Underwater cave diving is a risky business.
Environmental anthropologist Kenny Broad and one of his fellow researchers-cum-explorers know this for a fact after experiencing an “underwater avalanche” — which is when sediment from the walls of the cave collapses in around the divers.
Watch the video, above.
This, for reference, is how small a space they were moving through:
And below is what it looked like when the avalanche surrounded them.
“All of a sudden, it just started raining down on top of me,” Broad explains in the video, noting that either the divers’ fin kicks or pressure waves from their movements probably caused the sediment to come loose.
Broad and his team have been studying these complex underwater caves since 2008 as part of NatGeo’s Blue Holes Project.
The caves, which serve as aquifers and collect the rainwater that filters through the limestone above, are “among the least studied and most threatened habitats on Earth,” according to NatGeo. They hold a wealth of valuable scientific information, including unique biological, geological and cultural characteristics.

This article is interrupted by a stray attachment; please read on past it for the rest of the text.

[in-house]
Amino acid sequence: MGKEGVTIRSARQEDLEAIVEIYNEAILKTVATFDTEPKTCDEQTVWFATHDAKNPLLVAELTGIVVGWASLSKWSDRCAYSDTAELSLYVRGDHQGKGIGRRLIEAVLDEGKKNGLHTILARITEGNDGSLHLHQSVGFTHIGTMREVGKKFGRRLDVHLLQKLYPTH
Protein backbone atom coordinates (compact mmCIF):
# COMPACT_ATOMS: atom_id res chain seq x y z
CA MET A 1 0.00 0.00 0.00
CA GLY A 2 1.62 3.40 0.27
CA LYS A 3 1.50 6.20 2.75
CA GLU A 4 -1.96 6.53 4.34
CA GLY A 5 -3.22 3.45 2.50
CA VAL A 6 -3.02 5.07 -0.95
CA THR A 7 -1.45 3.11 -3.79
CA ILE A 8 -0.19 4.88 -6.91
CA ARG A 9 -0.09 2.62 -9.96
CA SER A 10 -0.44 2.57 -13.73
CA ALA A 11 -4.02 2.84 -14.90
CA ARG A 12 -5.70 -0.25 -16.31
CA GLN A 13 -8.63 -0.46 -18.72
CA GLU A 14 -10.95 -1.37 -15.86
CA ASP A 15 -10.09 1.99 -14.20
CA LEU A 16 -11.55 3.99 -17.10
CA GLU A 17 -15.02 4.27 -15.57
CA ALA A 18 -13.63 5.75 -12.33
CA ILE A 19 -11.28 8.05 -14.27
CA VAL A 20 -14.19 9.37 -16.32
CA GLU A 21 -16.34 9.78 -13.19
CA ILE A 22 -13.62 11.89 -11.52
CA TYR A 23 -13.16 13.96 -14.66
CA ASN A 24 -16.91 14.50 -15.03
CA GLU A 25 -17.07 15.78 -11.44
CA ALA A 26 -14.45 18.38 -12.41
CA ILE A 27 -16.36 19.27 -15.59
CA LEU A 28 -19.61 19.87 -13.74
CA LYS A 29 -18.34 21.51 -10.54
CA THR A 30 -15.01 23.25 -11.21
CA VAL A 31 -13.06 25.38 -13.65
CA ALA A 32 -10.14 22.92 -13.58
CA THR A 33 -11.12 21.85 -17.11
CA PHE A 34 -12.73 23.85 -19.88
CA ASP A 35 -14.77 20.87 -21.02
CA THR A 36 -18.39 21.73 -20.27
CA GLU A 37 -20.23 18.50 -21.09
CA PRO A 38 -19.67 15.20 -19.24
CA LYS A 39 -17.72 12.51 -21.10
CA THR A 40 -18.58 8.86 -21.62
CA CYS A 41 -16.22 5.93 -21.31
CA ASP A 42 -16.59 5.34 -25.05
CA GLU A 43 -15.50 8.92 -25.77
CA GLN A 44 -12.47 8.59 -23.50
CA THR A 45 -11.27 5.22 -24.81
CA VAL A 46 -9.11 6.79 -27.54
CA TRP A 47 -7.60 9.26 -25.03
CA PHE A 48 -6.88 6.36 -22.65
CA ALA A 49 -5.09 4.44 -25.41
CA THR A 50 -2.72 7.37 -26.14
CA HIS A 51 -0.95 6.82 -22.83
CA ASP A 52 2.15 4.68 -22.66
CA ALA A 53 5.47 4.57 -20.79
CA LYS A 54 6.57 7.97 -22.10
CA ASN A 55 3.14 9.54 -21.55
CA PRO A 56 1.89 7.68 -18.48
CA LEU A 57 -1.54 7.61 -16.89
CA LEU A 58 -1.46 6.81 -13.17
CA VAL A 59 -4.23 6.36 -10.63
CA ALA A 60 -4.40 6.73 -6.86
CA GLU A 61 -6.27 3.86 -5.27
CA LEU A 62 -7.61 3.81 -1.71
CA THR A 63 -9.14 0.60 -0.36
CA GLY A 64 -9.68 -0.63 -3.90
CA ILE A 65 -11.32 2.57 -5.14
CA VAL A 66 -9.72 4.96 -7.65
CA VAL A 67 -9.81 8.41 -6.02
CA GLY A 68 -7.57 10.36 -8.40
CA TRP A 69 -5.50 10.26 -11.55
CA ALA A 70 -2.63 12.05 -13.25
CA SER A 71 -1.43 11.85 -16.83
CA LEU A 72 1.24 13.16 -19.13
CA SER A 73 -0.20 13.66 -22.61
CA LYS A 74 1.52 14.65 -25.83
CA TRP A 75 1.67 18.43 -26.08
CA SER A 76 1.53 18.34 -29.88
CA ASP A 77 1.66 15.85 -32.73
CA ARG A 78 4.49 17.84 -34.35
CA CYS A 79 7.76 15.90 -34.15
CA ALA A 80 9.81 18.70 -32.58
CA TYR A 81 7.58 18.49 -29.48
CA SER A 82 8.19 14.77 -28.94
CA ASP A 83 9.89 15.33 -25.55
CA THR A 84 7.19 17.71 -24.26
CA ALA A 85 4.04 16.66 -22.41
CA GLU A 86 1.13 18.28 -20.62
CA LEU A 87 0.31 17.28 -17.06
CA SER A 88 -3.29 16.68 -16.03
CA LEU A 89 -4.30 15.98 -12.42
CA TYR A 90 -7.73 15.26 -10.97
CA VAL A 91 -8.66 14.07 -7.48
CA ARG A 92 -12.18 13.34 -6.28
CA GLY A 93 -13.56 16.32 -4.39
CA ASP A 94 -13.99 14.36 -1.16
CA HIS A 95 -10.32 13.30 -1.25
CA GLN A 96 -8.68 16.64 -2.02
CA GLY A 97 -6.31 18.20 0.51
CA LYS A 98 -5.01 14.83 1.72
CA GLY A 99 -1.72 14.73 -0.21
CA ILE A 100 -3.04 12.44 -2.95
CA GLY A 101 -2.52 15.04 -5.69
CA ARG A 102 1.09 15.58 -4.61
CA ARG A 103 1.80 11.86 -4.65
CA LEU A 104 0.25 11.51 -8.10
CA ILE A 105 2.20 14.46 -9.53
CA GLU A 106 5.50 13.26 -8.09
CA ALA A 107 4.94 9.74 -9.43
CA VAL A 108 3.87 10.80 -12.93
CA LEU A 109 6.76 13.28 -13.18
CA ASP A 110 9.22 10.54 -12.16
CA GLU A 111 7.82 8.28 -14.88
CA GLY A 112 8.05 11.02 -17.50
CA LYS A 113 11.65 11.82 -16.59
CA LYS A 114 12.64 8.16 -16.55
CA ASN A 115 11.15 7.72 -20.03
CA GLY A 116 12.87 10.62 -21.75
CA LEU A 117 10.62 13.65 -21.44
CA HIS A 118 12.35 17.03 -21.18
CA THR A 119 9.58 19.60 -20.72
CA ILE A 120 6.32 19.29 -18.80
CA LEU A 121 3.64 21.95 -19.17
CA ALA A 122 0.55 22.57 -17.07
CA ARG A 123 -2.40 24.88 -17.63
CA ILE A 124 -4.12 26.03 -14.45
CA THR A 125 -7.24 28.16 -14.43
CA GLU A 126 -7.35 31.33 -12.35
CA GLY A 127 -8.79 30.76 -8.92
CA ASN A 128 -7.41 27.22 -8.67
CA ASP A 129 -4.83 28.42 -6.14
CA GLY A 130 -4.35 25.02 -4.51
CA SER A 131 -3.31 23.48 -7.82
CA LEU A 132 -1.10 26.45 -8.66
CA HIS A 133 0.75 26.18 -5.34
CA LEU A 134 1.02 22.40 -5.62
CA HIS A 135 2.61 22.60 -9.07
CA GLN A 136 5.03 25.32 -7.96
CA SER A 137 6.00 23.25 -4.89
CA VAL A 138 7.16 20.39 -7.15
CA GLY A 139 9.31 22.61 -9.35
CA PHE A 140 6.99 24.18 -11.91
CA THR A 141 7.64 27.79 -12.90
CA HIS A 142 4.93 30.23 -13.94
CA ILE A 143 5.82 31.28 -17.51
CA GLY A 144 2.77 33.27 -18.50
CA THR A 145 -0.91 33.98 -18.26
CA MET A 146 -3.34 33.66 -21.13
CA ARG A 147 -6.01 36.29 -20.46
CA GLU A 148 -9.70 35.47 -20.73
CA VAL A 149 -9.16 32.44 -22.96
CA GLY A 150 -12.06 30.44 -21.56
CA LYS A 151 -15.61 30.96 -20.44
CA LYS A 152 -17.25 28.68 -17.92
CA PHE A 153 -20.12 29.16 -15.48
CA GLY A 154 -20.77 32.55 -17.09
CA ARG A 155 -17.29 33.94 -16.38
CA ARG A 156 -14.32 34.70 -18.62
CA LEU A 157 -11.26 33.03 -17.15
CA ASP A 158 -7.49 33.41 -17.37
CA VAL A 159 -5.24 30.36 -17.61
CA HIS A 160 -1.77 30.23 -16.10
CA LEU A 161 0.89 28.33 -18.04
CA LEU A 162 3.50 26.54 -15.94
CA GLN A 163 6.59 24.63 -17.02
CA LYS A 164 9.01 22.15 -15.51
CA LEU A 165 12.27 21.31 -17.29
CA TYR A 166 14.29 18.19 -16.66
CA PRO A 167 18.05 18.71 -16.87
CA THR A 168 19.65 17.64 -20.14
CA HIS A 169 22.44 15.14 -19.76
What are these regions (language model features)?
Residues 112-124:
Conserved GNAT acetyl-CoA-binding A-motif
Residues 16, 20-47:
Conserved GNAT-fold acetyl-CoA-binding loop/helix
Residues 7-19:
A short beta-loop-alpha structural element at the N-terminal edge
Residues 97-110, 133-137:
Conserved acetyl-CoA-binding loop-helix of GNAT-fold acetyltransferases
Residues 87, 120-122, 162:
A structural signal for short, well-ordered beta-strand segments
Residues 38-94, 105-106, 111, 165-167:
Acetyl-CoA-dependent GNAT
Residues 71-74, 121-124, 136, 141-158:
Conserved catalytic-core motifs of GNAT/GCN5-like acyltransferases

But studying them involves navigating the treacherous and claustrophobic territory, and then taking samples and snapping photos, all of which takes time — a limited commodity when you’re underwater.
And there’s always the risk of unexpected complications, including underwater avalanches, which can result in little to no visibility.
“You have to assume that you’re gonna come out in no visibility,” Broad says in the video. “Without that line, you have low odds of getting out.”
In this instance, Broad was able to find the line quickly, connect with his dive partner and swim out of the narrow passageway. In wider caves, however, finding the guideline can take much longer.
“It’s only when you get to the surface and you see all your dive buddies next to you, you realize just how intense an experience you just went through,” he said.